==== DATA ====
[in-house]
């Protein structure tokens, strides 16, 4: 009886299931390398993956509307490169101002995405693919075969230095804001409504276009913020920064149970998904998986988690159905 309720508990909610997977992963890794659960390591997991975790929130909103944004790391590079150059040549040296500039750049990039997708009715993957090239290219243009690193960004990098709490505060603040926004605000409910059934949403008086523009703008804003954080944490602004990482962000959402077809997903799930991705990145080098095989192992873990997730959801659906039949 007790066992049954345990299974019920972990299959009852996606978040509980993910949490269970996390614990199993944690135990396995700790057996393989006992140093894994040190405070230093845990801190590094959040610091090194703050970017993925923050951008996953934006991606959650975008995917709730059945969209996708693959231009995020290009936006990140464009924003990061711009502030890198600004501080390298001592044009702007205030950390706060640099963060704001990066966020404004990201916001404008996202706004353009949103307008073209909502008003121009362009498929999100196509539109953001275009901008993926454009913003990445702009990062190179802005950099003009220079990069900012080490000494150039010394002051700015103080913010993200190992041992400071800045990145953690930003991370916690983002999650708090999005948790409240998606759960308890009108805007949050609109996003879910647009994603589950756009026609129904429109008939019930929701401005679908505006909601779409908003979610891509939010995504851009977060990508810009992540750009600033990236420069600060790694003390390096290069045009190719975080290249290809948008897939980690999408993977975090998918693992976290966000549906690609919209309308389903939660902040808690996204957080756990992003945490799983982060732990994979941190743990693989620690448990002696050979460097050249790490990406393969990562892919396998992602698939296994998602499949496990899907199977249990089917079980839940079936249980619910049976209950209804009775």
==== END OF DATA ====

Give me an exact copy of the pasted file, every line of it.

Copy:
[in-house]
């Protein structure tokens, strides 16, 4: 009886299931390398993956509307490169101002995405693919075969230095804001409504276009913020920064149970998904998986988690159905 309720508990909610997977992963890794659960390591997991975790929130909103944004790391590079150059040549040296500039750049990039997708009715993957090239290219243009690193960004990098709490505060603040926004605000409910059934949403008086523009703008804003954080944490602004990482962000959402077809997903799930991705990145080098095989192992873990997730959801659906039949 007790066992049954345990299974019920972990299959009852996606978040509980993910949490269970996390614990199993944690135990396995700790057996393989006992140093894994040190405070230093845990801190590094959040610091090194703050970017993925923050951008996953934006991606959650975008995917709730059945969209996708693959231009995020290009936006990140464009924003990061711009502030890198600004501080390298001592044009702007205030950390706060640099963060704001990066966020404004990201916001404008996202706004353009949103307008073209909502008003121009362009498929999100196509539109953001275009901008993926454009913003990445702009990062190179802005950099003009220079990069900012080490000494150039010394002051700015103080913010993200190992041992400071800045990145953690930003991370916690983002999650708090999005948790409240998606759960308890009108805007949050609109996003879910647009994603589950756009026609129904429109008939019930929701401005679908505006909601779409908003979610891509939010995504851009977060990508810009992540750009600033990236420069600060790694003390390096290069045009190719975080290249290809948008897939980690999408993977975090998918693992976290966000549906690609919209309308389903939660902040808690996204957080756990992003945490799983982060732990994979941190743990693989620690448990002696050979460097050249790490990406393969990562892919396998992602698939296994998602499949496990899907199977249990089917079980839940079936249980619910049976209950209804009775």